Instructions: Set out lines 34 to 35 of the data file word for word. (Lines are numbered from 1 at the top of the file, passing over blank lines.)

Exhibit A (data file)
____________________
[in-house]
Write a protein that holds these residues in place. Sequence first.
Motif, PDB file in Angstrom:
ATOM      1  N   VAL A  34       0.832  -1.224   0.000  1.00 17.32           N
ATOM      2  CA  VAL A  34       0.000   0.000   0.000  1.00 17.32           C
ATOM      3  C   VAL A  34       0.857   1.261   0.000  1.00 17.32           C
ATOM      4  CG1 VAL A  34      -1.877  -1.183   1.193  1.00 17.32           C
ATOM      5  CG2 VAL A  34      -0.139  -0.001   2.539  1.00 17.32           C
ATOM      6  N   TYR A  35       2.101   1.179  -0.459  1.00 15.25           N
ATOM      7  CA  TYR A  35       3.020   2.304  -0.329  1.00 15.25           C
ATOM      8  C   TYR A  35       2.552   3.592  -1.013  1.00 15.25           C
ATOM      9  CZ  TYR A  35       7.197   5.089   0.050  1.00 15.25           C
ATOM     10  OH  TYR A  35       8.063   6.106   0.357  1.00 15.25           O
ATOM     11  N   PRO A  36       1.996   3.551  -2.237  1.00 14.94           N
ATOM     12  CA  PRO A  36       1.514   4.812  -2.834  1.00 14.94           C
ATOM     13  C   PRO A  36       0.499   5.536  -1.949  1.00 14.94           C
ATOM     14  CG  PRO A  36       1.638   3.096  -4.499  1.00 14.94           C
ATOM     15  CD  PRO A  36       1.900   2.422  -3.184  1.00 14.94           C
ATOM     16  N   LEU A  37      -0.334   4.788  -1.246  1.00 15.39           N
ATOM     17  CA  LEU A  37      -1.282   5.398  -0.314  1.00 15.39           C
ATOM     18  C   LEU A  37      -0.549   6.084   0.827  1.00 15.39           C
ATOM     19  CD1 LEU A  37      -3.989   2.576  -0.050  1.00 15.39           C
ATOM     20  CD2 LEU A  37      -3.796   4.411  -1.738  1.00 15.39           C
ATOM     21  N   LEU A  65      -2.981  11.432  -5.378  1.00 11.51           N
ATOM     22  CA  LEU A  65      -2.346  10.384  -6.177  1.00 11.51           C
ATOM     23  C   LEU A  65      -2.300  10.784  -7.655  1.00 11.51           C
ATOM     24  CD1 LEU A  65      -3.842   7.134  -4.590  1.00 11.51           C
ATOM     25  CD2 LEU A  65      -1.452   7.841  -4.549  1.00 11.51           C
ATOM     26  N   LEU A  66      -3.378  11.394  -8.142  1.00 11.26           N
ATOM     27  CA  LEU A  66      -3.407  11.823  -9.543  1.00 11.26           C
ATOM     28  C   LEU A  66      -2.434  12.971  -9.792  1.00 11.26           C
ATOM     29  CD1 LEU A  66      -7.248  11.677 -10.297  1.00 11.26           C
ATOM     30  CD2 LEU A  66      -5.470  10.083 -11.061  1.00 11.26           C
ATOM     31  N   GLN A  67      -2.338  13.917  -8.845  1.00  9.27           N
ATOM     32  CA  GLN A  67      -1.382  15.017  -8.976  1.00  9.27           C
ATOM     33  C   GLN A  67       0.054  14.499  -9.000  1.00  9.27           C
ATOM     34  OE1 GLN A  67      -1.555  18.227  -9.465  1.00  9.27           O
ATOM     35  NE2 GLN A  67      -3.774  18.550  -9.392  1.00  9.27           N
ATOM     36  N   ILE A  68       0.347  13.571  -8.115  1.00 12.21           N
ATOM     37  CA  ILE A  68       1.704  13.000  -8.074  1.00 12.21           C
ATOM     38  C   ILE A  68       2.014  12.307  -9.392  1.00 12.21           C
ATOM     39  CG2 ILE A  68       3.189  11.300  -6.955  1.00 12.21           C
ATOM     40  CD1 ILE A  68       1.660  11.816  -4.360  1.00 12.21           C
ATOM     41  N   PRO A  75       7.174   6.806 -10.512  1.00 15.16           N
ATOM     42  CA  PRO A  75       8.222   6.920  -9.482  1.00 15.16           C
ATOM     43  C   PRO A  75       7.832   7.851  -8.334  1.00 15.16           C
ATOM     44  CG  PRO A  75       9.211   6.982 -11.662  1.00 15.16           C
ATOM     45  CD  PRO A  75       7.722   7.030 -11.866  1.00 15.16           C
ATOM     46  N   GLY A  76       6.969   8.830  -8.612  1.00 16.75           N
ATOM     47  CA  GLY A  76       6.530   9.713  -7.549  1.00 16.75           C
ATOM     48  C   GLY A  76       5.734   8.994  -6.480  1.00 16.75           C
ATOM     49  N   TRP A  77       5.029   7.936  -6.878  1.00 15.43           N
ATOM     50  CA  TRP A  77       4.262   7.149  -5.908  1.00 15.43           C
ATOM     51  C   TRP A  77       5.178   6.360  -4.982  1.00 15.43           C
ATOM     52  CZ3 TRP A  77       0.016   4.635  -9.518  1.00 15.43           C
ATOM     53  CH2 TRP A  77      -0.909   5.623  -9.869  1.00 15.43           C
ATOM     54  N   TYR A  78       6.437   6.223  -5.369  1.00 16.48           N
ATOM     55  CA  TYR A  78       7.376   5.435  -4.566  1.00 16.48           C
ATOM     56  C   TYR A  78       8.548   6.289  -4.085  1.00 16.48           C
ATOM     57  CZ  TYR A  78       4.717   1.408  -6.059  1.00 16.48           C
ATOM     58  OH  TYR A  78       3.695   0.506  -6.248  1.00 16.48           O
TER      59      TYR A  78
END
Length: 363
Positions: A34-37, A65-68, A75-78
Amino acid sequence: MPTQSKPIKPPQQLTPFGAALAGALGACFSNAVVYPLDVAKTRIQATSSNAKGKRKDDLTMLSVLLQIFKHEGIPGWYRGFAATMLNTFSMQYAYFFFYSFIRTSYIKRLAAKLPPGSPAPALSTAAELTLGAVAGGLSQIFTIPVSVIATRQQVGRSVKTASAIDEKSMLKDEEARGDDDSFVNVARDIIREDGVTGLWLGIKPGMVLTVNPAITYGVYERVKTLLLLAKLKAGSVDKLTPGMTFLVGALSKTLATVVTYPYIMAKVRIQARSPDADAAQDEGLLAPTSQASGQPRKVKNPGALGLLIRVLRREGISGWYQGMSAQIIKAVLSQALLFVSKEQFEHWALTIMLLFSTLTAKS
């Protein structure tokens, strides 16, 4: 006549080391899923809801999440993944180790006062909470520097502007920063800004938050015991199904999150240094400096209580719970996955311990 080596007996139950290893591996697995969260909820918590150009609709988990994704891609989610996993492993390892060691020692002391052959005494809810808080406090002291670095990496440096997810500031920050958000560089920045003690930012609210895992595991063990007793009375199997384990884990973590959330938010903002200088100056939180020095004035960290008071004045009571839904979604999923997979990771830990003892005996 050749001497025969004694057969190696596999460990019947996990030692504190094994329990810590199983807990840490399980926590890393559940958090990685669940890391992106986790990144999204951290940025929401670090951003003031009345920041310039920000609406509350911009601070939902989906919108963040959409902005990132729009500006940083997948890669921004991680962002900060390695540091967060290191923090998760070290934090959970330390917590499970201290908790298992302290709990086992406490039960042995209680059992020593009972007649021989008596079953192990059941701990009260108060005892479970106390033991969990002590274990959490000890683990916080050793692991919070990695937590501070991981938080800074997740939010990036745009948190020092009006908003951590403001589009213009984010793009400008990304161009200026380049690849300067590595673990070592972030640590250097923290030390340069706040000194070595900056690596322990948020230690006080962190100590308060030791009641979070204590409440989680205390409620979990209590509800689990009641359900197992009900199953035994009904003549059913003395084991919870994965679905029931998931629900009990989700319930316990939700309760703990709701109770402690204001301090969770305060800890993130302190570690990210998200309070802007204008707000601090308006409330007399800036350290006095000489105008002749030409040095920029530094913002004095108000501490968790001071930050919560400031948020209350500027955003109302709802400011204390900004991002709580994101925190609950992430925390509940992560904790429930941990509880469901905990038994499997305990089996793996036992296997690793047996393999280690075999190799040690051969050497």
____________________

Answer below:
ATOM     31  N   GLN A  67      -2.338  13.917  -8.845  1.00  9.27           N
ATOM     32  CA  GLN A  67      -1.382  15.017  -8.976  1.00  9.27           C